In other news, next week I will start my 4th quarter at Stephen Hawking high school, teaching English. And to kick off the quarter I will be repeating the cultural lesson I gave to my students last year at the Instituto Americano, and teach the North American tradition of carving pumpkins. Those of you who remember the fiasco last year will remember that I discovered the hard way that the pumpkins here in Peru are not hallow, and it was more work than it was worth. So this year I’ve decided to use the zapallo – a pumpkin shaped squash, with hopes of a smoother carving process. I’ll have stories and pictures and maybe even some video to post next week. Wish me luck!

Wednesday, October 6, 2010

Life as I know it

Today is another day in the “normal” life of me. Just kidding, I don’t think normal and me should go in the same sentence, nonetheless, today is about as normal as it gets here. I’ve spent the morning working on my to-do’s for the week, exercising, preparing for my class at Stephen Hawking etc. This afternoon consists of said class, and a Bible study with some neighbors. The only abnormal thing about today is that Meredith is leaving for Lima to attend the annual ADIEL leadership conference. Elsa is already in Lima because she’s taking a week of vacation that will end with the conference, and Julio will be leaving tomorrow to attend as well, which leaves me alone in Tarma for the next 5 days. Why you ask? Well here’s my new “Life as I know it” summed up in one thought:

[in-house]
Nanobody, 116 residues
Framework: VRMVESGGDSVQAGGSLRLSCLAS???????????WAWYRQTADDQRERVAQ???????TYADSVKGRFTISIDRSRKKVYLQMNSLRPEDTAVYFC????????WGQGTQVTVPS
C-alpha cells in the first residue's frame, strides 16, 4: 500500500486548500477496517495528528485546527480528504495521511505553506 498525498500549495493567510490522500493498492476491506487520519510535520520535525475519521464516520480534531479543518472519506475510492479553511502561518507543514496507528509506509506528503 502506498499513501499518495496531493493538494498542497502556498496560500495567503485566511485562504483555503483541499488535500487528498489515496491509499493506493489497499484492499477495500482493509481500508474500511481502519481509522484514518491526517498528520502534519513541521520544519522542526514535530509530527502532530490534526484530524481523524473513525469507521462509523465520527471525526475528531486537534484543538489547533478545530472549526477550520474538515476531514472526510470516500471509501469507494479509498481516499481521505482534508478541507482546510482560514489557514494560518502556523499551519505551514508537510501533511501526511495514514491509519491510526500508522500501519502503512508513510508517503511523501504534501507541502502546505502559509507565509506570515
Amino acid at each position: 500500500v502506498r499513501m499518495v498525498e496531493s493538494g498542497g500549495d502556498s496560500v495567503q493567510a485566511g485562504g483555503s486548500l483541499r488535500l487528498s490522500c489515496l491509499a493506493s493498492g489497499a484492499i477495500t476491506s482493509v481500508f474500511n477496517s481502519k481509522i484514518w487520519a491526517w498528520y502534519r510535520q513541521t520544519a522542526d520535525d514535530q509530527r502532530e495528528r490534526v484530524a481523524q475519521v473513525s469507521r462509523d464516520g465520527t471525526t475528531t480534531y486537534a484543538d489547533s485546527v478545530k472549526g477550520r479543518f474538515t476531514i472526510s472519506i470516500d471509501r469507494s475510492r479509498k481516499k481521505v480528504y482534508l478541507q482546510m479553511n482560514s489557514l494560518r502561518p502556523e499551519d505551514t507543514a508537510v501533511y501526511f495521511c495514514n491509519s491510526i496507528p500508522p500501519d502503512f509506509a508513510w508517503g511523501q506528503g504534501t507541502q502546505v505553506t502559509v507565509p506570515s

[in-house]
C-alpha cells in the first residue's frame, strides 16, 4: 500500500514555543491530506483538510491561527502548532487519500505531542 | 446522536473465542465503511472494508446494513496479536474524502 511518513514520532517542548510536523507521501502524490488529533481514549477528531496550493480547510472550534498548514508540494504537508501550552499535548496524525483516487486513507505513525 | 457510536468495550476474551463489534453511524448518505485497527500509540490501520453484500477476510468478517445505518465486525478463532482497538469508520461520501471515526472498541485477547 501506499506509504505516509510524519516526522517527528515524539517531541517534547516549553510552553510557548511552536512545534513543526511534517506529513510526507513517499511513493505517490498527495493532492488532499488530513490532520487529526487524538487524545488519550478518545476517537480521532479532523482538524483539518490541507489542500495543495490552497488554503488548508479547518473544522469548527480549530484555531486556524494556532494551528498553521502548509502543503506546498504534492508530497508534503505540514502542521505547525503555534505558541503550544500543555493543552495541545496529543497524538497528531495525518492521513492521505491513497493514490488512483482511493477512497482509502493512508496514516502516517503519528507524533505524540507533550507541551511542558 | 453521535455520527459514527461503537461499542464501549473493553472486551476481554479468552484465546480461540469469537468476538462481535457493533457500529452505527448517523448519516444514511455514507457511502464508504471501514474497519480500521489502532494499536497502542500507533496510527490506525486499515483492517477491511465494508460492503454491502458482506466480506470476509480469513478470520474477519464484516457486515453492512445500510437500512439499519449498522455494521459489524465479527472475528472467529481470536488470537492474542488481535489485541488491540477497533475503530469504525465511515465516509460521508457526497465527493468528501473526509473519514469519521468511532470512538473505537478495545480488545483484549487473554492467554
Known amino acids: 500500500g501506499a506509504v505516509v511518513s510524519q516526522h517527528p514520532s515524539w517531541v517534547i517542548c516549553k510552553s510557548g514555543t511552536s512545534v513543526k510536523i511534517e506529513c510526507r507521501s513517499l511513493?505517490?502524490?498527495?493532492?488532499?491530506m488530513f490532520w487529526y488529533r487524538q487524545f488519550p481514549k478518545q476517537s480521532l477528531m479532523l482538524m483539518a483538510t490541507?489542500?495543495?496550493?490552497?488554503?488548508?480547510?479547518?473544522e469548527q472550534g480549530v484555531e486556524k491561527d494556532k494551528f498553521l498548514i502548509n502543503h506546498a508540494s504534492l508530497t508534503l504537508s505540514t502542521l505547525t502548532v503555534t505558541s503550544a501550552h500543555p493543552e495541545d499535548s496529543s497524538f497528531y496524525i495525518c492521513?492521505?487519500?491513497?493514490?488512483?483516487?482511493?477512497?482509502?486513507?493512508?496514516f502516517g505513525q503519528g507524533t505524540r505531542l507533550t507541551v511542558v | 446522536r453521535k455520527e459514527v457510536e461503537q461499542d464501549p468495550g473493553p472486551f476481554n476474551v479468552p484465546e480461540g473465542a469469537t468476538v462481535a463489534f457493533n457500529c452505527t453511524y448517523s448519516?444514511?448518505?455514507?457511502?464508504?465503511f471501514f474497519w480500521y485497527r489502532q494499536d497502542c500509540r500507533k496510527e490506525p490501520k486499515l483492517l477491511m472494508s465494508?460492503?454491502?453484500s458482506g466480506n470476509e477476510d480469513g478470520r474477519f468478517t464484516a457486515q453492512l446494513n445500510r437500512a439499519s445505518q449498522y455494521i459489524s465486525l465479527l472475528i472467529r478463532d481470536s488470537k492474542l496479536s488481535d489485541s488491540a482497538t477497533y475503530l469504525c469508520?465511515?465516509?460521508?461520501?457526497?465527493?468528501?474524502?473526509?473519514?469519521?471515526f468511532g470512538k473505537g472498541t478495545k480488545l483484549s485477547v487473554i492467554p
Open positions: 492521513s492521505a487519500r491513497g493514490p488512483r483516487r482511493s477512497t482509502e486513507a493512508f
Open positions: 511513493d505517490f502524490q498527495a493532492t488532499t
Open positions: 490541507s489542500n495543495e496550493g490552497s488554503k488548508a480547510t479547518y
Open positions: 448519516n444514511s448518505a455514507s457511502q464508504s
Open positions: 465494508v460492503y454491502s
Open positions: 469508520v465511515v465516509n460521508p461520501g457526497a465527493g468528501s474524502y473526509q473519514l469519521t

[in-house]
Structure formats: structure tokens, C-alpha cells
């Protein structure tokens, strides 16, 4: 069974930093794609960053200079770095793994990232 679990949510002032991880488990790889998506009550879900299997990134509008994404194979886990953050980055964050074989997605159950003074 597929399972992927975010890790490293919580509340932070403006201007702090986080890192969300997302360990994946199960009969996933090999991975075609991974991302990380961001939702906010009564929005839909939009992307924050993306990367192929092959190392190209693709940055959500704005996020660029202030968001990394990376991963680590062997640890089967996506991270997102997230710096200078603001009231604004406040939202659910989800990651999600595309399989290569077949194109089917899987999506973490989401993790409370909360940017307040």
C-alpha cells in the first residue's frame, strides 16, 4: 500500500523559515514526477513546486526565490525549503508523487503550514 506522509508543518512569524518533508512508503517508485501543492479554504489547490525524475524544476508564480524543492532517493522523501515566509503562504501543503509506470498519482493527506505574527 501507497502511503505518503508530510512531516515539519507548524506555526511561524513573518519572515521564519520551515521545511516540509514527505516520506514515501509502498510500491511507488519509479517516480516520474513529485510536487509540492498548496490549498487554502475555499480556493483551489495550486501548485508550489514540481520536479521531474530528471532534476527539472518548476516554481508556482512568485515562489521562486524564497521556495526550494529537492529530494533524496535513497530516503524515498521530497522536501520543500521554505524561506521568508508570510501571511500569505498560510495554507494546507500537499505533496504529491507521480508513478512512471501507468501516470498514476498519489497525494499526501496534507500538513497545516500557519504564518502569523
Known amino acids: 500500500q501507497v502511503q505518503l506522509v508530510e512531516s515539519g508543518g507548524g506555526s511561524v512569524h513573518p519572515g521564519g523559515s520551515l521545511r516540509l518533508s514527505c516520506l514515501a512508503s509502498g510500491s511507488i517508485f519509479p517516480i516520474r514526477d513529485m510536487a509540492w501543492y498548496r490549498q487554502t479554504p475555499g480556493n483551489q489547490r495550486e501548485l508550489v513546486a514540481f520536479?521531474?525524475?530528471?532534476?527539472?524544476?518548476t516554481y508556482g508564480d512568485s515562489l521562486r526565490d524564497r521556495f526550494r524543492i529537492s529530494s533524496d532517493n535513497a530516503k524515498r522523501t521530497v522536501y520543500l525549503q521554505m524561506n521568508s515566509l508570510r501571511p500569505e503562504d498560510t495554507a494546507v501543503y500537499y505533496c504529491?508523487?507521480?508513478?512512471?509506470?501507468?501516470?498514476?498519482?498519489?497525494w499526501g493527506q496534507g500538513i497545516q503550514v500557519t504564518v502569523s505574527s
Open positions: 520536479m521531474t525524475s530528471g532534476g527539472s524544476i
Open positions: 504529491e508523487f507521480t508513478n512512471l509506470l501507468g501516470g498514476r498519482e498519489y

Each day that passes brings me one day closer to the end of my commitment with ReachGlobal, and that affects every decision, every rationalization, every strategy from here on out.